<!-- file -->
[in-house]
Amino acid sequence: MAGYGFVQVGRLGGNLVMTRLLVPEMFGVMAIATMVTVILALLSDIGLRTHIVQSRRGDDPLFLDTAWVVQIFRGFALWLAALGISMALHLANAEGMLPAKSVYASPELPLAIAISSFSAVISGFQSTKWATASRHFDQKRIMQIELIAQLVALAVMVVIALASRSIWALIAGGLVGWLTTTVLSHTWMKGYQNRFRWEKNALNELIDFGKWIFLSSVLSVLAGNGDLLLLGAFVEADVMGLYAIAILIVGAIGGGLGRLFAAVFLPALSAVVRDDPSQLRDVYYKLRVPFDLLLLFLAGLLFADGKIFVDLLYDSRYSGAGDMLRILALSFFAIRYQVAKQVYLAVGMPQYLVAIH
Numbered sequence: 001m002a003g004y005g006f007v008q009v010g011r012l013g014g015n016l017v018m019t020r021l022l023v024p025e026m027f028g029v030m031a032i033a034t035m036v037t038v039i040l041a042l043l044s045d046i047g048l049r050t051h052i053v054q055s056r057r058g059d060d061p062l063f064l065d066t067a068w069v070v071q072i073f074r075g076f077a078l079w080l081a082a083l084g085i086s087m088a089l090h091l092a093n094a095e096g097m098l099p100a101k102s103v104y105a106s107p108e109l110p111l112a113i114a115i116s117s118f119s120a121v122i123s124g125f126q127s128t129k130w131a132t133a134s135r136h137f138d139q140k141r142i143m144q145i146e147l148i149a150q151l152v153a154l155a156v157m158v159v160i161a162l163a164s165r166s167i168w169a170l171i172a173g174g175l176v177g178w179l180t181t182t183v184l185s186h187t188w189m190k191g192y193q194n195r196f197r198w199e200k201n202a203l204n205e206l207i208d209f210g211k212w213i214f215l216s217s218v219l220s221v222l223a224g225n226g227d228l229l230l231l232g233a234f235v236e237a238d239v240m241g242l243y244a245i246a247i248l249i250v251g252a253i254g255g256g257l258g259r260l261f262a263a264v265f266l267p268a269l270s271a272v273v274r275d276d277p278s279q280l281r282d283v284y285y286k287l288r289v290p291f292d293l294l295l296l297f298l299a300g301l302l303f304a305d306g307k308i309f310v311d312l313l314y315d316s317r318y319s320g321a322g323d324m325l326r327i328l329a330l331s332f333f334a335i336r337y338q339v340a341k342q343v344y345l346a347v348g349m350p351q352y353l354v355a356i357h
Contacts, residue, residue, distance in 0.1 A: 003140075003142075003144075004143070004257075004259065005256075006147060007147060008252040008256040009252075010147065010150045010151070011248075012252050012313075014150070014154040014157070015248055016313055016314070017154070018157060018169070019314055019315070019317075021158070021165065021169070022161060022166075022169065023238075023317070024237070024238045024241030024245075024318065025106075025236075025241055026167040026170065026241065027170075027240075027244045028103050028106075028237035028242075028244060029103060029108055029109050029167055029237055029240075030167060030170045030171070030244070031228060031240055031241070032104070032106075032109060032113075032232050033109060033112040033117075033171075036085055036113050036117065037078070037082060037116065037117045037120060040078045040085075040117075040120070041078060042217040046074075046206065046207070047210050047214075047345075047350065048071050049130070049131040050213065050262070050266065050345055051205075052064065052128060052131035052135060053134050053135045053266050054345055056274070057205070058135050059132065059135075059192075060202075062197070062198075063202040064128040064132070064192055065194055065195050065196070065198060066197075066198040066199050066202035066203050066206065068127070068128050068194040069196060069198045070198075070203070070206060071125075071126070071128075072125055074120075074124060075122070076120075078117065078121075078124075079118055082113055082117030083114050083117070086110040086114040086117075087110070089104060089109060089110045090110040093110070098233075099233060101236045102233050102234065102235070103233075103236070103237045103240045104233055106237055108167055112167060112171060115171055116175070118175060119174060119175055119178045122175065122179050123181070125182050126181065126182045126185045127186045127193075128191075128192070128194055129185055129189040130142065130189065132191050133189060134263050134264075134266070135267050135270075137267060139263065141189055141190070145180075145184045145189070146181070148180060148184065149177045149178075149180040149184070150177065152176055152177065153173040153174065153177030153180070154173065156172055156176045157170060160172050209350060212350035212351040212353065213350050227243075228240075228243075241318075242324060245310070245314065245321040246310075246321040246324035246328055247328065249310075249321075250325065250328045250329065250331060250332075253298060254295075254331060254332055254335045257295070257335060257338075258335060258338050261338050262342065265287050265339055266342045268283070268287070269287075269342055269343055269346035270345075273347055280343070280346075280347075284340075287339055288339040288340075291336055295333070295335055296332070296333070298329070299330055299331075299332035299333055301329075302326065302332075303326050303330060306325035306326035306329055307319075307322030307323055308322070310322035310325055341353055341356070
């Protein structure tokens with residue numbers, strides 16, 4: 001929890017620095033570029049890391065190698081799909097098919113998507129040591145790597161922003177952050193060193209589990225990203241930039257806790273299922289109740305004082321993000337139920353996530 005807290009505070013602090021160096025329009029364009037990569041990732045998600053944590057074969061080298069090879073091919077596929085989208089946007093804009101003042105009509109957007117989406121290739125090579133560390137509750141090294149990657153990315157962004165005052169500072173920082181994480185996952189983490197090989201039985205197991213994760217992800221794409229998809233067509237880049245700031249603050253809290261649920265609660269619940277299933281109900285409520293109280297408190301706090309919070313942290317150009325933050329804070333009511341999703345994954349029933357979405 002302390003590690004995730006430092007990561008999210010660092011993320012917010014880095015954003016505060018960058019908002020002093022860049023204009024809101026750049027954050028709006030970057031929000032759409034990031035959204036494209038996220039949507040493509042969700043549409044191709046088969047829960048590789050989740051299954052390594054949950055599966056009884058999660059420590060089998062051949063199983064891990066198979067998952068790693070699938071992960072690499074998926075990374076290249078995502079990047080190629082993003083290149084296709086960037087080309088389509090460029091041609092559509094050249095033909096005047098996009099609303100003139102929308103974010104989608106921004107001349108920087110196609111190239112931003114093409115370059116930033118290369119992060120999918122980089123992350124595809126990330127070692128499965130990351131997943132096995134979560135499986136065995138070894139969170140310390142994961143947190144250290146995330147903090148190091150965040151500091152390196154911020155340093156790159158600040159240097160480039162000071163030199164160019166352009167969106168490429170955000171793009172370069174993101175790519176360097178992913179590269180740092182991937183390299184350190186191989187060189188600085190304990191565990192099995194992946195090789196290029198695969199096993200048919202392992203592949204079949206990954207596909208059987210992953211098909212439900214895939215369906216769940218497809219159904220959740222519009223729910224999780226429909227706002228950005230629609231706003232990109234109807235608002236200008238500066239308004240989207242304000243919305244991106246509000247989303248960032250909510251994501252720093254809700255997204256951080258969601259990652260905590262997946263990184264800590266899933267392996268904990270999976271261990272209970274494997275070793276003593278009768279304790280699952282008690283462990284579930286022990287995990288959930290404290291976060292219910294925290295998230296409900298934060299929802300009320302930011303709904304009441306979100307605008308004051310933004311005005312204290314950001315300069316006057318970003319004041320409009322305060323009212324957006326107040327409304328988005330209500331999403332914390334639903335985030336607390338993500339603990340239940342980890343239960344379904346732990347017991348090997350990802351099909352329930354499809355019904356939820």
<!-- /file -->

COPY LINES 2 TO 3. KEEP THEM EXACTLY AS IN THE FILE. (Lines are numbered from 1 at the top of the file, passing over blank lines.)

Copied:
Amino acid sequence: MAGYGFVQVGRLGGNLVMTRLLVPEMFGVMAIATMVTVILALLSDIGLRTHIVQSRRGDDPLFLDTAWVVQIFRGFALWLAALGISMALHLANAEGMLPAKSVYASPELPLAIAISSFSAVISGFQSTKWATASRHFDQKRIMQIELIAQLVALAVMVVIALASRSIWALIAGGLVGWLTTTVLSHTWMKGYQNRFRWEKNALNELIDFGKWIFLSSVLSVLAGNGDLLLLGAFVEADVMGLYAIAILIVGAIGGGLGRLFAAVFLPALSAVVRDDPSQLRDVYYKLRVPFDLLLLFLAGLLFADGKIFVDLLYDSRYSGAGDMLRILALSFFAIRYQVAKQVYLAVGMPQYLVAIH
Numbered sequence: 001m002a003g004y005g006f007v008q009v010g011r012l013g014g015n016l017v018m019t020r021l022l023v024p025e026m027f028g029v030m031a032i033a034t035m036v037t038v039i040l041a042l043l044s045d046i047g048l049r050t051h052i053v054q055s056r057r058g059d060d061p062l063f064l065d066t067a068w069v070v071q072i073f074r075g076f077a078l079w080l081a082a083l084g085i086s087m088a089l090h091l092a093n094a095e096g097m098l099p100a101k102s103v104y105a106s107p108e109l110p111l112a113i114a115i116s117s118f119s120a121v122i123s124g125f126q127s128t129k130w131a132t133a134s135r136h137f138d139q140k141r142i143m144q145i146e147l148i149a150q151l152v153a154l155a156v157m158v159v160i161a162l163a164s165r166s167i168w169a170l171i172a173g174g175l176v177g178w179l180t181t182t183v184l185s186h187t188w189m190k191g192y193q194n195r196f197r198w199e200k201n202a203l204n205e206l207i208d209f210g211k212w213i214f215l216s217s218v219l220s221v222l223a224g225n226g227d228l229l230l231l232g233a234f235v236e237a238d239v240m241g242l243y244a245i246a247i248l249i250v251g252a253i254g255g256g257l258g259r260l261f262a263a264v265f266l267p268a269l270s271a272v273v274r275d276d277p278s279q280l281r282d283v284y285y286k287l288r289v290p291f292d293l294l295l296l297f298l299a300g301l302l303f304a305d306g307k308i309f310v311d312l313l314y315d316s317r318y319s320g321a322g323d324m325l326r327i328l329a330l331s332f333f334a335i336r337y338q339v340a341k342q343v344y345l346a347v348g349m350p351q352y353l354v355a356i357h